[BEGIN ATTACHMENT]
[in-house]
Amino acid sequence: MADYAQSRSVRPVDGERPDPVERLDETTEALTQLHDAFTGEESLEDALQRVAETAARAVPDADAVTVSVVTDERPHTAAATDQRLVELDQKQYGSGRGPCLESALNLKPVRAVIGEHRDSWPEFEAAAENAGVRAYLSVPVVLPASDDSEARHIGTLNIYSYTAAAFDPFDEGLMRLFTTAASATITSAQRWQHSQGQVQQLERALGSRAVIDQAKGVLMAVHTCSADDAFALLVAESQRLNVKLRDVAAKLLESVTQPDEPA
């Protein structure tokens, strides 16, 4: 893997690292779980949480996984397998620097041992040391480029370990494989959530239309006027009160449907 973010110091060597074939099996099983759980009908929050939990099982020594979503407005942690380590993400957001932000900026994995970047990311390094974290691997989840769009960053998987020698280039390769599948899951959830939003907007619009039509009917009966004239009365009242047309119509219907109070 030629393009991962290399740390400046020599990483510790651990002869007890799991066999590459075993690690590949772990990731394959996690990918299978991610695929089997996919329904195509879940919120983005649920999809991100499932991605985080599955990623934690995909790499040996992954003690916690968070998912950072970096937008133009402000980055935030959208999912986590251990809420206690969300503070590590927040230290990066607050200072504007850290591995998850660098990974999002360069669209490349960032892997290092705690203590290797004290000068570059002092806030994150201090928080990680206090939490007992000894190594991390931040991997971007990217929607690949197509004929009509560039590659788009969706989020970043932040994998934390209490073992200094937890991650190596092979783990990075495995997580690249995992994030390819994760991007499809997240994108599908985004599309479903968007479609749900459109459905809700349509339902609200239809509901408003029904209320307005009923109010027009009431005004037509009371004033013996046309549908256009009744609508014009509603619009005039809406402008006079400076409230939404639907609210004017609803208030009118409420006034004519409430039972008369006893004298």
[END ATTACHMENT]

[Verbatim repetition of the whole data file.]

[in-house]
Amino acid sequence: MADYAQSRSVRPVDGERPDPVERLDETTEALTQLHDAFTGEESLEDALQRVAETAARAVPDADAVTVSVVTDERPHTAAATDQRLVELDQKQYGSGRGPCLESALNLKPVRAVIGEHRDSWPEFEAAAENAGVRAYLSVPVVLPASDDSEARHIGTLNIYSYTAAAFDPFDEGLMRLFTTAASATITSAQRWQHSQGQVQQLERALGSRAVIDQAKGVLMAVHTCSADDAFALLVAESQRLNVKLRDVAAKLLESVTQPDEPA
């Protein structure tokens, strides 16, 4: 893997690292779980949480996984397998620097041992040391480029370990494989959530239309006027009160449907 973010110091060597074939099996099983759980009908929050939990099982020594979503407005942690380590993400957001932000900026994995970047990311390094974290691997989840769009960053998987020698280039390769599948899951959830939003907007619009039509009917009966004239009365009242047309119509219907109070 030629393009991962290399740390400046020599990483510790651990002869007890799991066999590459075993690690590949772990990731394959996690990918299978991610695929089997996919329904195509879940919120983005649920999809991100499932991605985080599955990623934690995909790499040996992954003690916690968070998912950072970096937008133009402000980055935030959208999912986590251990809420206690969300503070590590927040230290990066607050200072504007850290591995998850660098990974999002360069669209490349960032892997290092705690203590290797004290000068570059002092806030994150201090928080990680206090939490007992000894190594991390931040991997971007990217929607690949197509004929009509560039590659788009969706989020970043932040994998934390209490073992200094937890991650190596092979783990990075495995997580690249995992994030390819994760991007499809997240994108599908985004599309479903968007479609749900459109459905809700349509339902609200239809509901408003029904209320307005009923109010027009009431005004037509009371004033013996046309549908256009009744609508014009509603619009005039809406402008006079400076409230939404639907609210004017609803208030009118409420006034004519409430039972008369006893004298």